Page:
With three speaking engagements this fall (PRSA International, the Parma, Ohio, Chamber of Commerce, and the IABC Research and Measurement Conference), the two classes, the one I’m teaching, the twice-monthly Twitter meeting, #ICChat, and the position as membership director for IABC Cleveland, I’m not going to lack for things to do.

I hope to still remain active here and elsewhere in social media, but don’t be too surprised if my frequency drops and length of post shrinks.

Of course, there no doubt are many of you who are hoping for just such a reduction. Anyone want to write a guest post?

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Hooked on PR Research

Monday, March 22nd, 2010

One of the great professional pleasures of my life involves an academic conference filled to the brim with fascinating public relations research. It’s the International PR Research Conference put on by the Institute for Public Relations, and I’ve attended four of the past five years. That it’s held early in March in Miami, Fla., has NOTHING to do with it!

OK, well, it has a little bit to do with it.  The tropical breezes feel especially fine in the icy wake of February in Cleveland, and there is terrific food, shopping, pleasant walks and an excellent pool. But, other than that, it’s all business for three days.

I’ve had the good fortune to present at IPRRC twice; the first time, 2008, I presented a paper with my research pal Dr. Julie O’Neil of Texas Christian University that covered one large company’s internal communication program, focusing especially on the measurement of the work. It won an award, of which I am very proud indeed – the Jackson-Sharpe Award for research by an academic and a practitioner (I’m not the academic, or wasn’t…).

This year, I presented a work in progress, an exploratory study of corporate blogs and Twitter activities, with an eye on whether they’re demonstrating James Grunig’s Excellence Theory – are they conversations? – or other PR theories.

The idea is to see what actually IS in this space for 18 companies – the work is ongoing (frantically; the final paper is due May 1), and I was able to share a few key findings.

  1. There’s a lot of using social media as a broadcasting tool – no two-way, no evidence of symmetry (mutual change) – and persuasion, therefore, still rules.
  2. There are a couple of firms that are doing yeoman’s work and engaging in conversations – there are also seven or eight companies who’ve abandoned their blogs since December 2009.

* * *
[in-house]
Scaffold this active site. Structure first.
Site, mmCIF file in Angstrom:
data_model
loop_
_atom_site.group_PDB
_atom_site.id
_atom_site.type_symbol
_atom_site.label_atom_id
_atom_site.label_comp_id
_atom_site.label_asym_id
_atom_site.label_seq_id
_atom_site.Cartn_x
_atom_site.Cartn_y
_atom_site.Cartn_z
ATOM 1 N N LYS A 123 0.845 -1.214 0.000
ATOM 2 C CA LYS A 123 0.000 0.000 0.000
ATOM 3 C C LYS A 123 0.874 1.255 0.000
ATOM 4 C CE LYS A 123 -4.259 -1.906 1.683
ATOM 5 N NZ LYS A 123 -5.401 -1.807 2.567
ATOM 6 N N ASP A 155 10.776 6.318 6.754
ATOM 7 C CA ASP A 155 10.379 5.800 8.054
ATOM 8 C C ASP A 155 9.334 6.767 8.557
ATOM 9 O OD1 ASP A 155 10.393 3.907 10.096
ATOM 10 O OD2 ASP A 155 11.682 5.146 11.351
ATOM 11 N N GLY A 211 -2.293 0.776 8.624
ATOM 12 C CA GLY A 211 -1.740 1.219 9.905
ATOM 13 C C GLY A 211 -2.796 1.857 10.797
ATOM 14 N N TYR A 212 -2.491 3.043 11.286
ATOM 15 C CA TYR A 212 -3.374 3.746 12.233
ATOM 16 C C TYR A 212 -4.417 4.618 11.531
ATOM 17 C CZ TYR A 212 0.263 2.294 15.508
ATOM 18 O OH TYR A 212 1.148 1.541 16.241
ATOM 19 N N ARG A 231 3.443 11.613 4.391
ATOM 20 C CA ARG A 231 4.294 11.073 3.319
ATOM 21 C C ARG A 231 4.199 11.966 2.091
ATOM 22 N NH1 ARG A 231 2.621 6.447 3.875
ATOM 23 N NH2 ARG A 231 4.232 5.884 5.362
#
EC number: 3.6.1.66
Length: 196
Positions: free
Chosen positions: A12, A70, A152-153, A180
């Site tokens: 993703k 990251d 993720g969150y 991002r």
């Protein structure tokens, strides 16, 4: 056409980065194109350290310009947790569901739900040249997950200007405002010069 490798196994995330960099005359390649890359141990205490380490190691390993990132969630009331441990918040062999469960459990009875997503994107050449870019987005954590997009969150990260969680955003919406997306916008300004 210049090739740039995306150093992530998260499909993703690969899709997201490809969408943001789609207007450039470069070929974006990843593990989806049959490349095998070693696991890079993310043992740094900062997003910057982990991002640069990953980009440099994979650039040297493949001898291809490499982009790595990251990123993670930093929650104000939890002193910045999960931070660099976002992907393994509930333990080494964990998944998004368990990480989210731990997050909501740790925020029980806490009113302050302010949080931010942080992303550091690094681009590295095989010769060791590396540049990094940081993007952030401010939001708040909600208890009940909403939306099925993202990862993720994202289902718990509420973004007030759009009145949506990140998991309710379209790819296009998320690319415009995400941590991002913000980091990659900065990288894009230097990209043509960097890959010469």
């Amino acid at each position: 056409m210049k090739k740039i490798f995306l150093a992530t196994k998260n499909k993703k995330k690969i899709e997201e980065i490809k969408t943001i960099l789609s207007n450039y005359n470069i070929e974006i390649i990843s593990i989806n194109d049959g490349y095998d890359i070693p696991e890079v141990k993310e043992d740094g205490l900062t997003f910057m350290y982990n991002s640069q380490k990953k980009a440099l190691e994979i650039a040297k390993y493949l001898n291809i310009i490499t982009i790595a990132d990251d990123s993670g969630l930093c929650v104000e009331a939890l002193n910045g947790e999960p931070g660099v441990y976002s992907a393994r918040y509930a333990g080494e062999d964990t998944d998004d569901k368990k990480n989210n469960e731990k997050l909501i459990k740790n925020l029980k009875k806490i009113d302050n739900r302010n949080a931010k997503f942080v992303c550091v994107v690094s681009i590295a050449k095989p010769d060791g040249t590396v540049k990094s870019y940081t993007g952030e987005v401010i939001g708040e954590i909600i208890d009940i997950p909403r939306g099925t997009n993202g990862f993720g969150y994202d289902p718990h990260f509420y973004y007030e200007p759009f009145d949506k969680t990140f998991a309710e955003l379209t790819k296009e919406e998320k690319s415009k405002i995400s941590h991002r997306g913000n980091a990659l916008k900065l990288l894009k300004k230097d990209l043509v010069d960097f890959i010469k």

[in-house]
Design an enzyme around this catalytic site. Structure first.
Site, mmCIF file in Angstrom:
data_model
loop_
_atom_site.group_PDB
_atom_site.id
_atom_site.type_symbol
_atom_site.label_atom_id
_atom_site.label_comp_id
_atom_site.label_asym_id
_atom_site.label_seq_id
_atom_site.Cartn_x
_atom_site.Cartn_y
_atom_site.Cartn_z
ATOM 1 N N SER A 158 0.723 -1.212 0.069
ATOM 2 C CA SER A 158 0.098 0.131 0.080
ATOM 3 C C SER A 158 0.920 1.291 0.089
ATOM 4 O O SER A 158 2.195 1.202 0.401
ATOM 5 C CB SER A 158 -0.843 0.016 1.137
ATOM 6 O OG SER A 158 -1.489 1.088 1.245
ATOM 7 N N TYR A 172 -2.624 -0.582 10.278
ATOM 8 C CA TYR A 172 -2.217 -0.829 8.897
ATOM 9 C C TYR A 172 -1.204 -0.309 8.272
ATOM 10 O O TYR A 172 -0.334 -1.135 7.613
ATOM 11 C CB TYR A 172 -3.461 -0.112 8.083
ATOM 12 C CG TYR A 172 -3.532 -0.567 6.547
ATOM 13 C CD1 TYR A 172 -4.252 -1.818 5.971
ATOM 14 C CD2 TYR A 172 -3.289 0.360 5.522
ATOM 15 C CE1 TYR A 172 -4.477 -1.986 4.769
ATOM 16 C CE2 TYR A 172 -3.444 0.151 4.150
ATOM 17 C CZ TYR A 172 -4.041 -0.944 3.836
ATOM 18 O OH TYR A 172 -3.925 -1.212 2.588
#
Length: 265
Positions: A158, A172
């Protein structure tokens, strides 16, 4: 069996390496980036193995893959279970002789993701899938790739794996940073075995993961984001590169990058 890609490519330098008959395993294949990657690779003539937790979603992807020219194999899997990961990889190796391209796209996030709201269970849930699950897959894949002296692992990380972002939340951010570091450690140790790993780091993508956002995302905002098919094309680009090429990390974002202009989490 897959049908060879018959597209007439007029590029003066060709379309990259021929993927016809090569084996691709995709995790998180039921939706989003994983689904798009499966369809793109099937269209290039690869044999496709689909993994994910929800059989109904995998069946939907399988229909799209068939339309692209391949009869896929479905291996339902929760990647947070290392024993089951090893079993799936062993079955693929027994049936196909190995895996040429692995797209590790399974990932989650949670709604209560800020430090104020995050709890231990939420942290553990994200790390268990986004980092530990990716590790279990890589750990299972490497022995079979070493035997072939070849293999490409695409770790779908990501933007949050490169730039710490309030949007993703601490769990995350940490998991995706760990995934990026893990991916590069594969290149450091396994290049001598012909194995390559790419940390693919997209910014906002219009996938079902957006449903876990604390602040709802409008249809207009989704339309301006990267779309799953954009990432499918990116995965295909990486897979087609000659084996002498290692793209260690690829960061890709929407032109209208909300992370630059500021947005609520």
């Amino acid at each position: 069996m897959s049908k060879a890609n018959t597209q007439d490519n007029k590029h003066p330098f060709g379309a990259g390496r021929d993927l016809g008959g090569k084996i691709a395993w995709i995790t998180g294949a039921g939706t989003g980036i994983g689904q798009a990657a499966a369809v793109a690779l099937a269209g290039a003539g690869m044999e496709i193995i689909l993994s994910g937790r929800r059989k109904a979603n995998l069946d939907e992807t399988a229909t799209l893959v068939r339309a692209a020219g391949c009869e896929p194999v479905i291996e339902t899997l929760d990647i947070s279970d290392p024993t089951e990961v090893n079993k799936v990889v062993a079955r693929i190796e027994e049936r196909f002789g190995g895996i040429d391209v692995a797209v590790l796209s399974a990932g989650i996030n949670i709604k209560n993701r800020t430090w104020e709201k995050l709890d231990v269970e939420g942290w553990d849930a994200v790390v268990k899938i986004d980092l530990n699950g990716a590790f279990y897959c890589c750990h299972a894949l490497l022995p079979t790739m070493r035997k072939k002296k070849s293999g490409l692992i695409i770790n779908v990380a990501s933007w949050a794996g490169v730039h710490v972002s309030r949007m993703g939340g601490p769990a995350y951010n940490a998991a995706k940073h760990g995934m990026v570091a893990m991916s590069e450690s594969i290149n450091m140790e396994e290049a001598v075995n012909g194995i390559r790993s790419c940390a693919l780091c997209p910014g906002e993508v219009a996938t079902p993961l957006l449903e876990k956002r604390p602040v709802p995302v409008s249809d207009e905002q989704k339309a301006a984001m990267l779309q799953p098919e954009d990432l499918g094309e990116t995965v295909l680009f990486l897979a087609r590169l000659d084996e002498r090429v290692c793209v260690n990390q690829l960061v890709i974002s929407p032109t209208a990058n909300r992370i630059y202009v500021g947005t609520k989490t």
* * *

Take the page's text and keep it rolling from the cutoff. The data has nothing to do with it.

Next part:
3. One industrial giant, interestingly, has subject matter experts blog and then engage engineers and customers in a discussion about improving the product – this is a rarity.
  4. Twitter as link-bait is quite in evidence.
  5. The Cluetrain may have left the station, but it’s creeping along a siding, not hurtling on a MagLev track.

This is hardly conclusive or particularly scientific – that’s why we call the paper exploratory. Dr. O’Neil and I have more work to do this coming month, but this paper is intended to be the first of three. Next step is a qualitative discussion with some of the people behind social media at our subject companies, followed (we hope) by a quantitative survey of users of corporate blogs and their associated Twitterverse (we’ll see; that’s going to take some cash…).

In the meanwhile, stay tuned over the next few days as I recount some of the work that impressed me the most at IPRRC this year.  Once our paper is done, we’ll share.

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PR News Measurement Conference an Interesting Event

Thursday, June 4th, 2009

More to follow on this, but I had the fortune to join Ogilvy’s Michelle Rios and Tim Keefe of JP Morgan Chase Card Services on a panel on internal communication measurement yesterday.

The conference was filled with interesting information and hindered only slightly by fairly large panels that required individuals to spend just a few minutes speaking. Otherwise, it was terrific — I’ll report on a few of my favorite presentations in upcoming posts.

Meanwhile, thanks and kudos to my co-panelists, moderator Courtney Barnes (PR News Editor) and that august publication for putting on a great conference.

Here’s a thumbnail:
Angie Jeffrey — Institute for PR Measurement Commission colleague and VMS research and measurement maven — talked about a new way of looking at advertising effectiveness. Linda Locke of Mastercard showed off some very impressive metrics. Matt Gonring of Gagen MacDonald was his usual inspiring self as he called for integrating engagement metrics and other business data. There’s much more. See you later.